Wet Flies




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Soft Hackle Woolly Worm

The Soft Hackle Woolly Worm was created by Rick Osthoff of Mauston, Wisconsin as a searching pattern for Trout in his favorite Southwestern Wisconson spring Creeks. I like it for that purpose too, but I also like to use it for Bluegills, Redears, and Rock Bass.


Materials List


Hook Mustad 9672 Size 10 and 12
Thread Uni-Thread 6/0 Black
Weight Lead Wire .025 dia.
Tail Rabbit Fur Black
Underbody Uni-Wool Yarn Black
Body Hare-Tron Dubbin Black
Hackle Hen Neck Feather Grizzly

Tying Notes


As we know, the standard Woolly Worm is made with a red wool tail and a chenille body hackled with grizzly rooster neck hackle.

Wisconsin angler, author, and fly tier, Rick Osthoff had used the standard Woolly Worm for years on his favorite SW Wisconsin Spring Creeks. Over time he came to believe that the "old standard" could be greatly improved. So he set out to do just that.

Rick wanted a Woolly Worm that would have a stronger profile and much more action in the water than the original did. The first thing he did was replace the wool tail with a tuft of rabbit fur from a Zonker Strip. The second thing he did was build a body covered with a dubbing blend of rabbit fur and clipped antron. And finally, he hackled the body with a a couple of soft hen neck feathers.

The result was a soft buggy looking fly with a tail and hackle that pulsated in the water which gave the little guy a lot of fish appeal.


Angling Tips


Fish the Soft-Hackle Woolly Worm in ponds and lakes with the same retrieves that you use with other nymphs and wet flies. Strip it an pause or strip it with slow steady strips.

Moving water is another matter. Remember, this little guy was designed by a fellow who fishes spring creeks and freestone streams for trout. It's strength in moving water is that it can be fished as a nymph, a wet fly, or a streamer.

So, if you happen to have the opportunity to fish for panfish in moving water don't hesitate to fish it as if you were fishing it in a trout stream. And, if you fish for trout, try it as a searching pattern the next time you're trout hunting.


Tying Instructions


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Step 1

Clamp the hook in the vice, attach the thread at the hook's eye, and lay down a base of thread from the hook's eye to the hook's bend.


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Step 2

Attach the lead wire and place ten wraps or so on the front half of the hook's shank.


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Step 3

Clip a tuft of rabbit fur from a Zonker Strip and tie it in for the tail. The tail should be about half the hook's length.


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Step 4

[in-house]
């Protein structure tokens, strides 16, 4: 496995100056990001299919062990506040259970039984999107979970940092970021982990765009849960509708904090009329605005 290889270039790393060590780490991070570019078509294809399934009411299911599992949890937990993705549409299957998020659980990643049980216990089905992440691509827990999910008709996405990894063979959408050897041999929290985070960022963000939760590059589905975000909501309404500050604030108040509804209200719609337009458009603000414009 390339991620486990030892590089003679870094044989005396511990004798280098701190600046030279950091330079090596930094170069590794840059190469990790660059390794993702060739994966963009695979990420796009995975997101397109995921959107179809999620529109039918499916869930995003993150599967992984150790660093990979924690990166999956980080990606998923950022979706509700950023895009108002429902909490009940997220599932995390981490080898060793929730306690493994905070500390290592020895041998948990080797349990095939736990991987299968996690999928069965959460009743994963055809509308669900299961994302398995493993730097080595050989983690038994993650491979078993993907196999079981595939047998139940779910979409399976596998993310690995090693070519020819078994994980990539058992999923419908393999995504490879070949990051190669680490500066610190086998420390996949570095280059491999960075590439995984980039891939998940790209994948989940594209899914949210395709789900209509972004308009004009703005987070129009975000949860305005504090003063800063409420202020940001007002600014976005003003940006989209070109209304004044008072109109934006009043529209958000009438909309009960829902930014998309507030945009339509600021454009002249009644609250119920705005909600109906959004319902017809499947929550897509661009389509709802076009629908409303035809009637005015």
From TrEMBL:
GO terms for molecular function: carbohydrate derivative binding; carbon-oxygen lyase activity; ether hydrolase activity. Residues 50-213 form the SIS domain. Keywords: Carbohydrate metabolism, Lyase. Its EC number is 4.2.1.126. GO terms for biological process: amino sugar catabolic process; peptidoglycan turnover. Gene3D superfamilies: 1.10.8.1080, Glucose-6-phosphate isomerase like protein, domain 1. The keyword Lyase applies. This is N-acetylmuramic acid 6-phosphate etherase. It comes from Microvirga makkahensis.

Attach the Uni-Yarn at the head with a jam knot just like you did when you started the tying thread and build a tapered body as shown.

Bind the yarn to the hook at the base of the tail with a couple of turns of the tying thread and remove the yarn.


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Step 5

Select and prepare a feather from a hen neck (cape). The feather's barbs should be about the length of the distance between the hook's shank and the hook's point.

Hen neck feathers are very soft. That softness makes them very lifelike in the water. The best hen neck for this fly is a "Whiting Hen Neck."

For more info on Whiting Hen Necks click on Whiting Farms.


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Step 6

Tie the feather in by it's tip at the base of the tail. Be sure that the cupped side is facing the hook so you can wrap the feather "wet fly style."


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Sstep 7

Apply a thin noodle of dubbing to the thread and dub the body to half-way on the hook's shank.


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Step 8

Palmer the hackle forward with fairly close wraps so that you end up at the end of the dubbing.

Tie off the feather with a couple turns of thread and remove any excess.


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Step 9

Tie in a second hen neck feather that has barbs that are slightly longer than the distance between the hook's shank and the hook's barb. Be sure that the cupped side of the feather is facing the hook.


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Step 10

Apply a thin noodle of dubbing to the thread and dub the body up to the front of the underbody.


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Step 11

Palmer (wrap) the feather forward and tie it off with a couple turns of thread at the front of the underbody. Remove any excess.


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Step 12

Form a neat thread head and tie off the thread with a couple of half-hitches or a whip finish.


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Step 13

Brush the fly with a Velcro Dubbing Brush to marry the dubbing with the feather barbs. This gives the fly a "buggier look."

To learn how to make your own Velcro Dubbing Brush click on Dubbing Brush.


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Step 14

Paint the thread head with head cement. I use Sally Hansen's Hard As Nails nail polish. It's the best head cement there is.


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Step 15

Your Soft-Hackle Woolly Worm is finished. Go fish!


Copyright 2018 Ward Bean, Council Bluffs, IA, All rights reserved.